a message for the women

wombI’m sure we’ve all heard of penis envy (Oh Freud, did you ever even talk to a woman, really?) But is there such a thing as womb envy? Do men ever feel envious that they cannot bear life? That the powerful changes and emotions of the pregnancy experience is something they can only try to imagine? Certainly, they provide a necessary and vital function in the creation, protection, and rearing of future generations. But they never feel another heartbeat beside their own. Nor do they feel the warm glow of new life within.

Really, it is truly a magical and wondrous thing: our ability to conceive life. That within our bodies, a separate and (all-too-soon) autonomous being can grow and develop. That we can give nourishment, lavish care, and truly devote our entire lives and beings to another. That we can even bear life so another might experience the joy of motherhood.

And that we, too, are connected to the moon and the oceans, waxing full, and then shedding and beginning again in lunar cycles. (Which, by the way, did you know? Up until a few decades ago, we were told the cramps associated with menarche were merely psychosomatic? It’s a wonder no woman ever punched the lights out of those making such claims. Thankfully for us, it has been scientifically proven it’s not just all in our heads.) And we are connected to each other, converging cycles with those close to us.

Of course, the pain and unpredictability of childbirth is terrifying. And I’m sure the terror and helplessness men feel as they watch their wives bear children is significant in its own right. But the raw power of such self-sacrifice in order to create a beautiful, new life is something only women can know.

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10 thoughts on “a message for the women

  1. I've asked Aaron this before and he said that while he's not envious of the ability to carry a child, he is in awe of the ability. "A deep respect" is another phrase he used.

    "But the raw power of such self-sacrifice in order to create a beautiful, new life is something only women can know." Very well put. It really resonated with me.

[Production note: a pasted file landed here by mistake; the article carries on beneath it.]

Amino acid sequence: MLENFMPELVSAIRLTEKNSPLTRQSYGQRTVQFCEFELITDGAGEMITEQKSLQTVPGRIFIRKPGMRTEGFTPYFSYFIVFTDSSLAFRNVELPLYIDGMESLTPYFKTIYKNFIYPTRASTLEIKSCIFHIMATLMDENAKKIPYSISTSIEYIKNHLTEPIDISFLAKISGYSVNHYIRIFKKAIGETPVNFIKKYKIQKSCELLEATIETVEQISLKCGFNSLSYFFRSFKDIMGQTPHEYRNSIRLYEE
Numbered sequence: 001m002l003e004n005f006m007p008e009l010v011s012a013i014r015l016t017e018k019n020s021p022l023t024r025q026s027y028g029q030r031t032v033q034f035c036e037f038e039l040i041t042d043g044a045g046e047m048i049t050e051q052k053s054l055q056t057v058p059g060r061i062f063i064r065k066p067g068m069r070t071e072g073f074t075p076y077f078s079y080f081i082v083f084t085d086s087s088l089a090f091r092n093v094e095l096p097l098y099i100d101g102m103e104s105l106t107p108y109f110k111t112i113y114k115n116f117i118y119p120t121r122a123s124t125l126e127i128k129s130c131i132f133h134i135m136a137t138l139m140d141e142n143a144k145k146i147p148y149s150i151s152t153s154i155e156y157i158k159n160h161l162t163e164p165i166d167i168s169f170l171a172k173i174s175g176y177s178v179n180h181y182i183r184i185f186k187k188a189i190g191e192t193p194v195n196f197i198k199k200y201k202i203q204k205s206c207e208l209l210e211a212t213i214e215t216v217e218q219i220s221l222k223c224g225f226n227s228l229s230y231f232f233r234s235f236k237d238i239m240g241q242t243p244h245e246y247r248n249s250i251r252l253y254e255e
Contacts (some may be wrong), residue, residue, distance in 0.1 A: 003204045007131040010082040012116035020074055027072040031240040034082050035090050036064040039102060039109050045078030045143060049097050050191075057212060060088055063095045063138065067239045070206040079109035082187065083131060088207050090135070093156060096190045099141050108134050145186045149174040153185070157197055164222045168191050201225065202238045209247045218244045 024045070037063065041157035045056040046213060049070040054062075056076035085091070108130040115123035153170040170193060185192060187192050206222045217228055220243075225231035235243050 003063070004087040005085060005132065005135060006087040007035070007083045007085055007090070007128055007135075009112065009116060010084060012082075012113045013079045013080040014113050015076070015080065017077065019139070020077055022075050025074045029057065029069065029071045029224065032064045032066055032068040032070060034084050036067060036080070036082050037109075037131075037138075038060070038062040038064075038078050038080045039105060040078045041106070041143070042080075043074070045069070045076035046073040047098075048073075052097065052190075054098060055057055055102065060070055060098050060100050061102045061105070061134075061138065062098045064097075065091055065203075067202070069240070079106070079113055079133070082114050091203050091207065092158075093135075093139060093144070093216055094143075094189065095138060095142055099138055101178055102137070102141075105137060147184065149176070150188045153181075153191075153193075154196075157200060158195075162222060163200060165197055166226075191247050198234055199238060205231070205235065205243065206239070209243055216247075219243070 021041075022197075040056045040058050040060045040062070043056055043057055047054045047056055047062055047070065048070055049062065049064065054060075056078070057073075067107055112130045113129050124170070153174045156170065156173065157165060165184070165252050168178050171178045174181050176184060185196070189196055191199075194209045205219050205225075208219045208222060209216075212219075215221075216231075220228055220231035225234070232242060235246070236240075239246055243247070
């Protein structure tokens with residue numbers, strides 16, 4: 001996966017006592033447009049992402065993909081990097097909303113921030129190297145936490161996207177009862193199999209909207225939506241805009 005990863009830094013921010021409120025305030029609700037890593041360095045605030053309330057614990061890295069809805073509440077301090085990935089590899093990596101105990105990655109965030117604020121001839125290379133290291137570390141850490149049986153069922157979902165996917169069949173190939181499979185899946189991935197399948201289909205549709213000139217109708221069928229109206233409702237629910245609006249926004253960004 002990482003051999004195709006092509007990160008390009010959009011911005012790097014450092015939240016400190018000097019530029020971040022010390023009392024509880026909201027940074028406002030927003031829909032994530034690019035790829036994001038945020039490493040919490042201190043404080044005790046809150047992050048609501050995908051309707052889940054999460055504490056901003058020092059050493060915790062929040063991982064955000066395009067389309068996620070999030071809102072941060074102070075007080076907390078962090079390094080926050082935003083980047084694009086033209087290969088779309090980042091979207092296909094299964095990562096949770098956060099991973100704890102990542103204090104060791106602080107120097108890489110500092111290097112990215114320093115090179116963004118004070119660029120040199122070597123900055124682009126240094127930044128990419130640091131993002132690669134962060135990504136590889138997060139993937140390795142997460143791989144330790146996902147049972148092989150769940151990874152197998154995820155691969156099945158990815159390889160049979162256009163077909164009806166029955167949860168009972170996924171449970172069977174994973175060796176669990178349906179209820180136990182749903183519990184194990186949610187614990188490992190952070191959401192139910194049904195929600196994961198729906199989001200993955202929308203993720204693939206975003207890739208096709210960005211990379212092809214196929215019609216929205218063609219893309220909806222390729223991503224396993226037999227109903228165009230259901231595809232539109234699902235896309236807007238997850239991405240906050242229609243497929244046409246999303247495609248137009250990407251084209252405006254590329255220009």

2. I never really thought about how the men might feel on the other side. When I began reading, I thought your perspective might be on infertility.

  3. Nope, just men. But the thought of infertility does make me terrified. My husband and I haven't tried yet, but I'm praying when we do, all will go well.

  4. I have womb envy of other women, just because I don't have any myself and am unlikely to do so. I've never actually asked Hubby about that, but since he's not ready to think about such things, I'd guess he probably doesn't have womb envy. At all. But that's just a hunch. Could be an interesting question to ask over dinner, though!

  5. OMG. I thought you were going to say you were pregnant.


    I'm old. Don't shock me like this.

    LOVE you, Hon. (We'll talk about this on the porch, too.)

    P.S. Childbirth is not terrifying. It's seriously uncomfortable. It's a natural thing. Yeah…painful. But worth it. And very forgettable. Like your first date. Take Lamaze classes, call La Leche and move on. The hard part is when they start walking and talking back.

  6. I've never wished I could experience pregnancy childbirth. I'd prefer to leave that to the fairer creatures who were designed to be strong enough to handle such a life-changing thing.

  7. Love this post!! But, I have to give you a little bit of a hard time because that's what friends are for…did you smoke some serious dope before you wrote this? Every time Flo comes to visit I will now think about the moon cycle and the tides. Hmm, that makes Flo an even more appropriate name. LOL. BIG HUG


  8. Heh. I might be far more entertained had I done that, but nope. And I guess to give proper credit where due, a lot of these ideas come from Inga Muscio's book, Cunt, and this post was kind of me just processing what I'd read in it.